Boeing Blusters Over Tweet | US State Dept Clears $668M Stryker Sale to Peru | $619B Defense Bill May Send MANPADS to SyriaDec 08, 2016 00:58 UTC
- President-elect Donald Trump proved a tweet can be worth a billion dollars, with $1 billion being temporarily wiped off Boeing’s stock market value, after Trump deemed the company’s new Air Force One offering too expensive and called for it to be dropped. Boeing maintained that it has so far only received a $170 million contract for capability exploration work, far from the $4 billion price tag Trump was claiming. While $2.87 has been officially budgeted for the Air Force One replacement program from 2015 through to 2021, production contracts have yet to be awarded.
- The US State Department has cleared the sale of 178 reconditioned Stryker Infantry Carrier Vehicles to the government of Peru. Valued at $668 million, the deal also includes supporting weapons, Remote Weapon Stations, Global Positioning System navigation capabilities, special tool sets, and testing equipment. Once delivered, the vehicles will be used to support border security, disaster response, and counter-terrorism missions.
- Veyance Technologies will carry out Abrams track assemblies for the US Army. Valued at $77 million, the contract was awarded by the Defense Logistics Agency. Work is expected to be completed by 2017.
Middle East & North Africa
- UK Prime Minister Theresa May has reaffirmed her government’s commitment to increase defensive cooperation with Gulf allies. Addressing the Gulf Cooperation Council, May said Britain wanted to “make a more permanent and more enduring commitment to the long-term security of the Gulf” and invest more than 3 billion pounds in defense spending in the region over the next decade. British support will also go towards countering “Iran’s aggressive regional actions”.
- The recent $619 billion defense bill passed by Congress will provide for the possibility of sending Man Portable Air Defense Systems (MANPADS) to rebel groups fighting in Syria. While the bill does impose certain restrictions on the shoulder-fired antiaircraft weapon, it represents a significant shift from prior iterations of the legislation. The version of the bill the Senate passed in June made no mention of MANPADS.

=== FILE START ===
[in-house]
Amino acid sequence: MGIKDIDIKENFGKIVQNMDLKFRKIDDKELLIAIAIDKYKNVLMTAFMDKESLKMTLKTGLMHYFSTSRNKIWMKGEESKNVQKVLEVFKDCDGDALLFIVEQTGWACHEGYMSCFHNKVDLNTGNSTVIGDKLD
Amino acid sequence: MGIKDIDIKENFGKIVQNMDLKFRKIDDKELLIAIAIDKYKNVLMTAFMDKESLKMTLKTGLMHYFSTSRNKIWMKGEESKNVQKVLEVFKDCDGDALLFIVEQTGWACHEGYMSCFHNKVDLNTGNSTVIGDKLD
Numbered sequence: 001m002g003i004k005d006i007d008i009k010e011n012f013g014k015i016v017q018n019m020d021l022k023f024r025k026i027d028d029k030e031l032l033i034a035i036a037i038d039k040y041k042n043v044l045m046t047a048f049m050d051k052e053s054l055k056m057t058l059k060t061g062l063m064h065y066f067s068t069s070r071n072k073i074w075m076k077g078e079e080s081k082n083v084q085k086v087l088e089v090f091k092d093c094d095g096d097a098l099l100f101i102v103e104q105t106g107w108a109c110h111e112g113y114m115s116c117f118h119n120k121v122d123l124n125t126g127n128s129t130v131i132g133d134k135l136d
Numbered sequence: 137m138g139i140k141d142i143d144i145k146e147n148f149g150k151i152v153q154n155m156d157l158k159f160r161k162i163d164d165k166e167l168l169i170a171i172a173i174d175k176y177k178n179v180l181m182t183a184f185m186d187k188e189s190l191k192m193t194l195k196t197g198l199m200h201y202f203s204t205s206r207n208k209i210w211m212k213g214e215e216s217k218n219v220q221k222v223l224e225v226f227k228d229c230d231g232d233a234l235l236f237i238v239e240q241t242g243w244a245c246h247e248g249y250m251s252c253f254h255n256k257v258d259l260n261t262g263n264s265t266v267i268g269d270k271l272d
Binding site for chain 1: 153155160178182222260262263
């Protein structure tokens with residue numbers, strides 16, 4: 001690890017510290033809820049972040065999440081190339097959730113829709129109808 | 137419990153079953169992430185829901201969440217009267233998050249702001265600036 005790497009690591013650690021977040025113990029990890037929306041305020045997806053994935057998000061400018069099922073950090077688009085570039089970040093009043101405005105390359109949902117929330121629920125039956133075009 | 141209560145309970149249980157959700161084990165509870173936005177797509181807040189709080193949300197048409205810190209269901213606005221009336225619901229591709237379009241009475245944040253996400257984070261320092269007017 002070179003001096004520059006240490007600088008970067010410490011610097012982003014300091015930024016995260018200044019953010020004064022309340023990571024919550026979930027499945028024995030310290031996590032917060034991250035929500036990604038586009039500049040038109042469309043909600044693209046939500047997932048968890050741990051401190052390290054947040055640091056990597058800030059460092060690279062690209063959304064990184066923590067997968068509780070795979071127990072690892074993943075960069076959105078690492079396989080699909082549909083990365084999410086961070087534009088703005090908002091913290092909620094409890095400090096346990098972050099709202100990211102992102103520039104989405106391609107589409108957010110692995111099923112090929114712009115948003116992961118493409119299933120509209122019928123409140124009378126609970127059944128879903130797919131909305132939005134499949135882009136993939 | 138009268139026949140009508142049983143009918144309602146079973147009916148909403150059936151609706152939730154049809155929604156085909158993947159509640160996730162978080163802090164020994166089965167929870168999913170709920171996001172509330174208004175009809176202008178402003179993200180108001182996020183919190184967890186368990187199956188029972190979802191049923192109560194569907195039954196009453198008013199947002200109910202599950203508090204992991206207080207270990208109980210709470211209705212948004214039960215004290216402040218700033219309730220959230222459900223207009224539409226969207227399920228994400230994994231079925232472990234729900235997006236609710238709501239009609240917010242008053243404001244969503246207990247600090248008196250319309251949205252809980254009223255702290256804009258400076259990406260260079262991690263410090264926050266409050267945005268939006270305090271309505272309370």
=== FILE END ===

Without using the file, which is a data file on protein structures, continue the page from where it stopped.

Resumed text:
- Statoil has confirmed that they will drop the use of H225 Super Puma helicopters, even if Norway’s Civil Aviation Authority decides to lift a ban imposed after a fatal crash off Norway in April. The Norwegian state-controlled oil firm stated that it would instead rebuild its capacity with the Sikorsky S-92. Following last April’s Super Puma crash that killed 13 oil workers flying from a Statoil-operated oil platform, unions representing oil workers expressed concern about the H225 helicopter and asked for a permanent ban.
- Dutch F-16s will be fitted with AN/ALQ-131 electronic countermeasure pods, following an agreement between the Royal Netherlands Air Force and Northrop Grumman. Under the agreement, the company will aim to improve threat detection and jamming capabilities for the aircraft, a move they add will make pilots safer in an evolving threat environment. The pods will give Dutch fighters a fifth-generation electronic warfare technology and makes a significant leap in capability for electronic countermeasures.
- Australia has been cleared to purchase AEA-18G Growler Aircraft Electronic Warfare Range Systems in a $115 million foreign military sale. The deal includes two systems, personnel training, integration testing, and other supporting equipment. Alongside the US, Australia is the main customer of EA-18G Growler aircraft.
The world’s largest rocket. June launch of a Delta IV Heavy: